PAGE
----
displays many of the Dismissing Parent's behaviors, but in a more negative way.

judges and criticizes the child' emotional expression.

is over aware of the need to set limits on their child.

emphasizes conformity to good standards and behavior.

reprimands, disciplines, or punishes the child for emotional expression, whether the child is misbehaving or not.

believes that expression of negative emotions should be time limited.

believes that negative emotions need to be controlled.

believes that negative emotions reflect bad character traits.

believes the child uses negative emotions to manipulate; this belief results in power struggles.

believes that emotions make people weak; children must be emotionally tough for survival.

believes that negative emotions are unproductive, a waste of time.

sees negative emotions (especially sadness) as a commodity that should not be squandered.

is concerned with the child's obedience to authority.

The effects of this style on children are the same as for the Disapproving style of parenting.

3. The Laissez-Faire Parent

freely accepts all emotional expression from the child.

offers comfort to the child experiencing negative feelings.

offers little guidance on behavior.

does not teach the child about emotions.

is permissive; does not set limits.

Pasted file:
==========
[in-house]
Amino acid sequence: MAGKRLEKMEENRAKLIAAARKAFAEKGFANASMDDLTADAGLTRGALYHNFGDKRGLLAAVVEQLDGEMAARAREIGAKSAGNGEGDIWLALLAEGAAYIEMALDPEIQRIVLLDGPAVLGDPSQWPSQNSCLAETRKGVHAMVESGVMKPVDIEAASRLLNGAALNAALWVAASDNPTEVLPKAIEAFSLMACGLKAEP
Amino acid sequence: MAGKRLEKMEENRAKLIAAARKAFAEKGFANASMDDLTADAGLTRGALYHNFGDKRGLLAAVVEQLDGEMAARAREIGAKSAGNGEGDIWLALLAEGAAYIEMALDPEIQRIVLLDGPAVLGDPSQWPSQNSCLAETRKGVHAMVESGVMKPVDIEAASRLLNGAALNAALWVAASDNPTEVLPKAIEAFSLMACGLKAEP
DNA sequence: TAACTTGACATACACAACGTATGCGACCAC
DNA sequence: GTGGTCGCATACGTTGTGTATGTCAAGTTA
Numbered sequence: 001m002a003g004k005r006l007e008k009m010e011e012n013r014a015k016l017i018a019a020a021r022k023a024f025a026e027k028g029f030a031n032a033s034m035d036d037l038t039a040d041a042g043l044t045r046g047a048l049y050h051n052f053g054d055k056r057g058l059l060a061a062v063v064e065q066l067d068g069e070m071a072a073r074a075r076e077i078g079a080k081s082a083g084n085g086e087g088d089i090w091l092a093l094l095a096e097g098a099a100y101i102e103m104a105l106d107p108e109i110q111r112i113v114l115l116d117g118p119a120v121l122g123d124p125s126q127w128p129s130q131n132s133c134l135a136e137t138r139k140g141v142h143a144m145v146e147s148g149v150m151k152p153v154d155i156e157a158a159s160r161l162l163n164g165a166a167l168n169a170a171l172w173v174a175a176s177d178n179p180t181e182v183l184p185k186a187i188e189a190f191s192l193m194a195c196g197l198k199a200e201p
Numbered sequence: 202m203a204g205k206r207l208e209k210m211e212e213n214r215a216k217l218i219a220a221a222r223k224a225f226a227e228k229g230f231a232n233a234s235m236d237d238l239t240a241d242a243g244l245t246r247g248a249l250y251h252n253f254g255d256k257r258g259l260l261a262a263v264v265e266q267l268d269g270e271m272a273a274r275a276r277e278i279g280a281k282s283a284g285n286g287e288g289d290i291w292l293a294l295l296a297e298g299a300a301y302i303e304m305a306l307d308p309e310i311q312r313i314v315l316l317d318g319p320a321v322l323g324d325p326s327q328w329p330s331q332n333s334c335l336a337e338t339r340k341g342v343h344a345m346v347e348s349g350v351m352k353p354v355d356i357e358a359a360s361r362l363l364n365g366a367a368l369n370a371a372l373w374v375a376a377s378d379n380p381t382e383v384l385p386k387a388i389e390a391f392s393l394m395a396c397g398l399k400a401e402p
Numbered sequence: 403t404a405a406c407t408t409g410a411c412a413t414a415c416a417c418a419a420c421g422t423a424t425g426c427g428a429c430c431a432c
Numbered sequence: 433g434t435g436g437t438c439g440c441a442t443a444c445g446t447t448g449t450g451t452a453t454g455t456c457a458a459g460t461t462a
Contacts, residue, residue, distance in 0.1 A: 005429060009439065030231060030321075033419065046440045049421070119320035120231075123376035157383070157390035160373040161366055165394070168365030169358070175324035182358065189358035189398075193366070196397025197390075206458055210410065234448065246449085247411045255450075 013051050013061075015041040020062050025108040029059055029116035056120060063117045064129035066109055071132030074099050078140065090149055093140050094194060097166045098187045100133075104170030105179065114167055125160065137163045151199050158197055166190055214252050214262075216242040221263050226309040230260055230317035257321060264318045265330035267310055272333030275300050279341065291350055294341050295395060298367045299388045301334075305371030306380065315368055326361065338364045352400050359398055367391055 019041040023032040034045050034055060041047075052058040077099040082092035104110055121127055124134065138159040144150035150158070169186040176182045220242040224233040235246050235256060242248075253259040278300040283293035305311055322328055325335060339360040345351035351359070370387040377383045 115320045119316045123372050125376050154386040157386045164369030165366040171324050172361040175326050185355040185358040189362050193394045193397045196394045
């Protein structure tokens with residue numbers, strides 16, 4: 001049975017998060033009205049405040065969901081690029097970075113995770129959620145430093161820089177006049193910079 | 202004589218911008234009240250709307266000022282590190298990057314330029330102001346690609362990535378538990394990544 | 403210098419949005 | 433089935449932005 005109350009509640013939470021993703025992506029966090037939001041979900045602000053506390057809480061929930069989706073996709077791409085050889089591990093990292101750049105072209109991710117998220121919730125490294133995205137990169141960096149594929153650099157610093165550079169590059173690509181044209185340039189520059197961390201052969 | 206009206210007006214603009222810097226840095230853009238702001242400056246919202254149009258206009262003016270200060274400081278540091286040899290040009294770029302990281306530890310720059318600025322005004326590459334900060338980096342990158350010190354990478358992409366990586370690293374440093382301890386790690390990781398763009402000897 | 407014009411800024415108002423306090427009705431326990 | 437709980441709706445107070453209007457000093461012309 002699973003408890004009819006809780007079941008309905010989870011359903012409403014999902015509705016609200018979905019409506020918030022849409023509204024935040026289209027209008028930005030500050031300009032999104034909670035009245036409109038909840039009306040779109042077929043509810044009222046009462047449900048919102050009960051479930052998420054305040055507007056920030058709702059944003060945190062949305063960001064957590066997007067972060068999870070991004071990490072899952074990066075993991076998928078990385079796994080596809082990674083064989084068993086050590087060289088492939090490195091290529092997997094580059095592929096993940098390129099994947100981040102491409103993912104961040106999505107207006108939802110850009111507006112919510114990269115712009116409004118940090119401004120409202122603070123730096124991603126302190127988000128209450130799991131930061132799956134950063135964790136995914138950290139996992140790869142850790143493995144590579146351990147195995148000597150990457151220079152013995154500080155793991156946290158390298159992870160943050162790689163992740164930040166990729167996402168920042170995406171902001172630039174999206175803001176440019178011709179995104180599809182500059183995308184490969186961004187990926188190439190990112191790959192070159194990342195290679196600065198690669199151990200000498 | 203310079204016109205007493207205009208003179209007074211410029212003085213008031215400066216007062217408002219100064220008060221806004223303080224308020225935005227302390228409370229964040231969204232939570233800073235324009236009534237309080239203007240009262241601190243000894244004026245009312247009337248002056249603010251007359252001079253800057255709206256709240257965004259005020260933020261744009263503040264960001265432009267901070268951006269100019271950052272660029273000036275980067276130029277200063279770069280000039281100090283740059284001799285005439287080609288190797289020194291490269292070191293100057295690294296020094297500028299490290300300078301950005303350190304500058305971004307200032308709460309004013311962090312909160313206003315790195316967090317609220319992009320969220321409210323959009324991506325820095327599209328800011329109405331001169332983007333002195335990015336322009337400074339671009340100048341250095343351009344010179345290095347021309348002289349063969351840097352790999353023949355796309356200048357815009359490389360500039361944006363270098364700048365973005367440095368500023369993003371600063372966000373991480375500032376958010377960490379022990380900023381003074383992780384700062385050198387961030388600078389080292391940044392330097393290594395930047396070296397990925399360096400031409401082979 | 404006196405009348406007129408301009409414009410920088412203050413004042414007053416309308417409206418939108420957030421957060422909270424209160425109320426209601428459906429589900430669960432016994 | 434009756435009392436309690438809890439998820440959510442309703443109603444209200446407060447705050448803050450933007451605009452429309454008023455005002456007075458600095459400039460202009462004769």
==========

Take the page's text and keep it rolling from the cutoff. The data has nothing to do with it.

does not help children solve problems.

does not teach problem-solving methods to the child

believes that there is little you can do about negative emotions other than ride them out.

believes that managing negative emotions is a matter of hydraulics; release the emotion and the work is done.

The effects of this style on children...

They don't learn to regulate their emotions; they have trouble concentrating, forming friendships, getting along with other children.

4. The Parent As Emotion Coach

value's the child's negative emotions as an opportunity for intimacy

can tolerate spending time with a sad, angry, or fearful child; does not become impatient with the emotion

is aware of and values his or her own emotions

sees the world of negative emotions as an important arena for parenting

is sensitive to the child's emotional states, even when they are subtle

is not confused or anxious about the child's emotional expression; knows what needs to be done

respects the child's emotions

does not poke fun at or make light of the child's negative feelings

does not say how the child should feel

does not feel he or she has to fix every problem for the child

uses emotional moments as a time to:

listen to the child

empathize with soothing words and affection

help the child label the emotion he or she is feeling

offer guidance on regulating emotions

set limits and teach acceptable expression of emotions

teach problem solving skills

The effects of this style on children...

They learn to trust their feelings, regulate their own emotions, and solve problems. They have high self esteem, learn well and get along well with others.

To take John Gottman's comprehensive 81 question self test to determine your parenting style, send me an email addressed to: and I will gladly forward it to you.

I wish you success on your path to becoming a true parent.

Sincerely, Paul S. 

Table of Contents

Tparents Home

Moon Family Page

Unification Library